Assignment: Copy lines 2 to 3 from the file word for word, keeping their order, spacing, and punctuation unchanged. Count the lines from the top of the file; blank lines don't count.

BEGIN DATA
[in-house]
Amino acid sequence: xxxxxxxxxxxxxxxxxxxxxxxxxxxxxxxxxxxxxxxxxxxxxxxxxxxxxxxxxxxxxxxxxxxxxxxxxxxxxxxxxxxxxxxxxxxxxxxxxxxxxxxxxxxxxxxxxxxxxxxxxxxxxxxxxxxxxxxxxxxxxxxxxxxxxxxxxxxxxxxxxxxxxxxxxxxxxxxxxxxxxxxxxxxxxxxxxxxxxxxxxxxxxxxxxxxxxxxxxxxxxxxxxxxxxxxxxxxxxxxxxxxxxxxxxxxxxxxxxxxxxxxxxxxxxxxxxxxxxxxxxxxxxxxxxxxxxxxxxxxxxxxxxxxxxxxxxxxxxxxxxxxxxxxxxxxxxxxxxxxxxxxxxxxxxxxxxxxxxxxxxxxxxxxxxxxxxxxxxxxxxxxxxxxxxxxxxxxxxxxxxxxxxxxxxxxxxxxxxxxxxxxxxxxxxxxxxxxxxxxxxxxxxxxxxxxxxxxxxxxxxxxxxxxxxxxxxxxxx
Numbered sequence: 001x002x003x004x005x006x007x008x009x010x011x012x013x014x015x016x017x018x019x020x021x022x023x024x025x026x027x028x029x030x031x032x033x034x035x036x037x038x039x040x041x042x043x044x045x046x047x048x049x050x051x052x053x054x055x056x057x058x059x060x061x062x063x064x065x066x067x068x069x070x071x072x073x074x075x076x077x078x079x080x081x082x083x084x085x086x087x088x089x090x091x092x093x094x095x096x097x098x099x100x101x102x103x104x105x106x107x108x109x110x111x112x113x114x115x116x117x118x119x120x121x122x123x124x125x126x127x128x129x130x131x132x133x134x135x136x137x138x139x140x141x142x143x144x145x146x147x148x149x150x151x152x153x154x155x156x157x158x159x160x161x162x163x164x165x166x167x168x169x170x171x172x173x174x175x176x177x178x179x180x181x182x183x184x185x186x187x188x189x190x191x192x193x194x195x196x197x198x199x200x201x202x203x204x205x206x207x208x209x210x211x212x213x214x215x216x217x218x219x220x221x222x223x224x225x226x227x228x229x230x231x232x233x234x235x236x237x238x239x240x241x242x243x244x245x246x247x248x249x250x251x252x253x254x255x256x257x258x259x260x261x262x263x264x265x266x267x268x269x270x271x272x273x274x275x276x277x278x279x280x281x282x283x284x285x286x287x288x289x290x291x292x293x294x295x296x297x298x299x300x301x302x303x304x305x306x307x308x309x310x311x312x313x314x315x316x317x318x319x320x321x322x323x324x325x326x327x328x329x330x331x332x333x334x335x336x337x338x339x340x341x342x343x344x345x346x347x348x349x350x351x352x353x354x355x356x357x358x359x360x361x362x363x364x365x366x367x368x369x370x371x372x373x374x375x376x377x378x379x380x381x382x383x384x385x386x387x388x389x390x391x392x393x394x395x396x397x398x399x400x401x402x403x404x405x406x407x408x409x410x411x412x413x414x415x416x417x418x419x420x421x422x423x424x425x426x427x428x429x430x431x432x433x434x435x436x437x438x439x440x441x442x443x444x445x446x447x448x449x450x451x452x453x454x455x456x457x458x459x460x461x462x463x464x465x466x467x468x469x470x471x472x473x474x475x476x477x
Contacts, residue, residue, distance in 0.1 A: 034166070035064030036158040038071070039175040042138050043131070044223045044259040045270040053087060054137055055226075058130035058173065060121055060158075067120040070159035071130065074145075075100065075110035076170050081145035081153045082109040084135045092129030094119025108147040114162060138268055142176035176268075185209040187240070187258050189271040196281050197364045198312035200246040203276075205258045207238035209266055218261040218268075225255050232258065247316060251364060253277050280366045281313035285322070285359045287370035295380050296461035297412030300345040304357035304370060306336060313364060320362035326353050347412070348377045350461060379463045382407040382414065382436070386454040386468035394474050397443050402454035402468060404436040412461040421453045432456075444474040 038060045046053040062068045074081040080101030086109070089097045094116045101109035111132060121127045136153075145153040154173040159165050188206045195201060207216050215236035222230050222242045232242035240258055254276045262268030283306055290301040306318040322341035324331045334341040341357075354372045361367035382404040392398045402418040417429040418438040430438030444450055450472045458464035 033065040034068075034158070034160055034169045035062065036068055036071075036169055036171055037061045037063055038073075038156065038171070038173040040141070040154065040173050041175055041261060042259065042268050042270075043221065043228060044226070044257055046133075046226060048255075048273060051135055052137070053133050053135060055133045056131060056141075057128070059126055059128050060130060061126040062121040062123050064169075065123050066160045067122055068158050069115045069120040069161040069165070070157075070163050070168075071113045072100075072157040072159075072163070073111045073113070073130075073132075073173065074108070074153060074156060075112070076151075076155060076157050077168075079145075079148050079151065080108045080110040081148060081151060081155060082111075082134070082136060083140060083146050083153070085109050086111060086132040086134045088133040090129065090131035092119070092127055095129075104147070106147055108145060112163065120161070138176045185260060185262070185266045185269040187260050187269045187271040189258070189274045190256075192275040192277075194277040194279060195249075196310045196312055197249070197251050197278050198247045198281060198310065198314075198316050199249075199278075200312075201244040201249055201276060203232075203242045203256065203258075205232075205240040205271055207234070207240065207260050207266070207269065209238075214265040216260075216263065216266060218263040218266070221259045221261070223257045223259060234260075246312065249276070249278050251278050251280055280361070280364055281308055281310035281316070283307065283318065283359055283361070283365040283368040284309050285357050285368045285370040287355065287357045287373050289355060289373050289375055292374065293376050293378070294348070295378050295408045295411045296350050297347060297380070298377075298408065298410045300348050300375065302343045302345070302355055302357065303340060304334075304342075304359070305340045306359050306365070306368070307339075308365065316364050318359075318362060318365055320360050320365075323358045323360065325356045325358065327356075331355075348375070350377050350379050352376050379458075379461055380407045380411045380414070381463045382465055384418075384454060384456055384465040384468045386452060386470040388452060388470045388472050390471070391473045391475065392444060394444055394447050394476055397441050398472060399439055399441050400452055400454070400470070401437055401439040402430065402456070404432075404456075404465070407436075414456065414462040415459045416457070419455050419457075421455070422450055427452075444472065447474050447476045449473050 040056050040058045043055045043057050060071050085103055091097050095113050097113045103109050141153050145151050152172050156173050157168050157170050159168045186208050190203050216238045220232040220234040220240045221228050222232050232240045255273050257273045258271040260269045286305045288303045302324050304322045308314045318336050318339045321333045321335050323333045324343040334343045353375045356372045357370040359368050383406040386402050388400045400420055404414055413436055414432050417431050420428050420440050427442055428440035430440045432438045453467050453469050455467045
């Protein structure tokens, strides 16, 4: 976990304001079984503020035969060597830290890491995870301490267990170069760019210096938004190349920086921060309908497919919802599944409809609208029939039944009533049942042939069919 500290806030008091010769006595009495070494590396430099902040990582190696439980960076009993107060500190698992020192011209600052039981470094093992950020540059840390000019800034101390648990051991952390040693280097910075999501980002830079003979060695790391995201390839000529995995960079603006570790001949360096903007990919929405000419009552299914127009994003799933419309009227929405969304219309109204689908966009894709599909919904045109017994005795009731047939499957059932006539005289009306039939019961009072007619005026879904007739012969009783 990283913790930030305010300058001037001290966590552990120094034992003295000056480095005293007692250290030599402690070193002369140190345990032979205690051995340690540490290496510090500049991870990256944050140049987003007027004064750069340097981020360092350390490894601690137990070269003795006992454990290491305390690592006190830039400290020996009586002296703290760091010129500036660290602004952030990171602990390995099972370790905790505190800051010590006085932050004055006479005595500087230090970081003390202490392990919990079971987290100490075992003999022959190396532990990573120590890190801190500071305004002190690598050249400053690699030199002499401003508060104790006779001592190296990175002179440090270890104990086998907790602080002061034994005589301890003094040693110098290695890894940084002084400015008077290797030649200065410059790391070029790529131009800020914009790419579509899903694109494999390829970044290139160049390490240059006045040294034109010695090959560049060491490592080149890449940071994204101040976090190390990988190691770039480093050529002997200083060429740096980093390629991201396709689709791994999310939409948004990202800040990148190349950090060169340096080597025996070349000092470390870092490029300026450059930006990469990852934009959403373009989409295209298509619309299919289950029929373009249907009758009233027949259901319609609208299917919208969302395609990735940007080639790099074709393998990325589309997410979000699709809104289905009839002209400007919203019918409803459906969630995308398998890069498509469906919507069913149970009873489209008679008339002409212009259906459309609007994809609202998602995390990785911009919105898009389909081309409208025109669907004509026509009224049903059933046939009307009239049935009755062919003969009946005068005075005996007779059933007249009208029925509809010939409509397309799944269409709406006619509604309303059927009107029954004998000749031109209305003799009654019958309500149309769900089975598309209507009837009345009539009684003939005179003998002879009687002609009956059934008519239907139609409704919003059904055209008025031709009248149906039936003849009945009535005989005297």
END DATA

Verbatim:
Amino acid sequence: xxxxxxxxxxxxxxxxxxxxxxxxxxxxxxxxxxxxxxxxxxxxxxxxxxxxxxxxxxxxxxxxxxxxxxxxxxxxxxxxxxxxxxxxxxxxxxxxxxxxxxxxxxxxxxxxxxxxxxxxxxxxxxxxxxxxxxxxxxxxxxxxxxxxxxxxxxxxxxxxxxxxxxxxxxxxxxxxxxxxxxxxxxxxxxxxxxxxxxxxxxxxxxxxxxxxxxxxxxxxxxxxxxxxxxxxxxxxxxxxxxxxxxxxxxxxxxxxxxxxxxxxxxxxxxxxxxxxxxxxxxxxxxxxxxxxxxxxxxxxxxxxxxxxxxxxxxxxxxxxxxxxxxxxxxxxxxxxxxxxxxxxxxxxxxxxxxxxxxxxxxxxxxxxxxxxxxxxxxxxxxxxxxxxxxxxxxxxxxxxxxxxxxxxxxxxxxxxxxxxxxxxxxxxxxxxxxxxxxxxxxxxxxxxxxxxxxxxxxxxxxxxxxxxxxxxxxxxx
Numbered sequence: 001x002x003x004x005x006x007x008x009x010x011x012x013x014x015x016x017x018x019x020x021x022x023x024x025x026x027x028x029x030x031x032x033x034x035x036x037x038x039x040x041x042x043x044x045x046x047x048x049x050x051x052x053x054x055x056x057x058x059x060x061x062x063x064x065x066x067x068x069x070x071x072x073x074x075x076x077x078x079x080x081x082x083x084x085x086x087x088x089x090x091x092x093x094x095x096x097x098x099x100x101x102x103x104x105x106x107x108x109x110x111x112x113x114x115x116x117x118x119x120x121x122x123x124x125x126x127x128x129x130x131x132x133x134x135x136x137x138x139x140x141x142x143x144x145x146x147x148x149x150x151x152x153x154x155x156x157x158x159x160x161x162x163x164x165x166x167x168x169x170x171x172x173x174x175x176x177x178x179x180x181x182x183x184x185x186x187x188x189x190x191x192x193x194x195x196x197x198x199x200x201x202x203x204x205x206x207x208x209x210x211x212x213x214x215x216x217x218x219x220x221x222x223x224x225x226x227x228x229x230x231x232x233x234x235x236x237x238x239x240x241x242x243x244x245x246x247x248x249x250x251x252x253x254x255x256x257x258x259x260x261x262x263x264x265x266x267x268x269x270x271x272x273x274x275x276x277x278x279x280x281x282x283x284x285x286x287x288x289x290x291x292x293x294x295x296x297x298x299x300x301x302x303x304x305x306x307x308x309x310x311x312x313x314x315x316x317x318x319x320x321x322x323x324x325x326x327x328x329x330x331x332x333x334x335x336x337x338x339x340x341x342x343x344x345x346x347x348x349x350x351x352x353x354x355x356x357x358x359x360x361x362x363x364x365x366x367x368x369x370x371x372x373x374x375x376x377x378x379x380x381x382x383x384x385x386x387x388x389x390x391x392x393x394x395x396x397x398x399x400x401x402x403x404x405x406x407x408x409x410x411x412x413x414x415x416x417x418x419x420x421x422x423x424x425x426x427x428x429x430x431x432x433x434x435x436x437x438x439x440x441x442x443x444x445x446x447x448x449x450x451x452x453x454x455x456x457x458x459x460x461x462x463x464x465x466x467x468x469x470x471x472x473x474x475x476x477x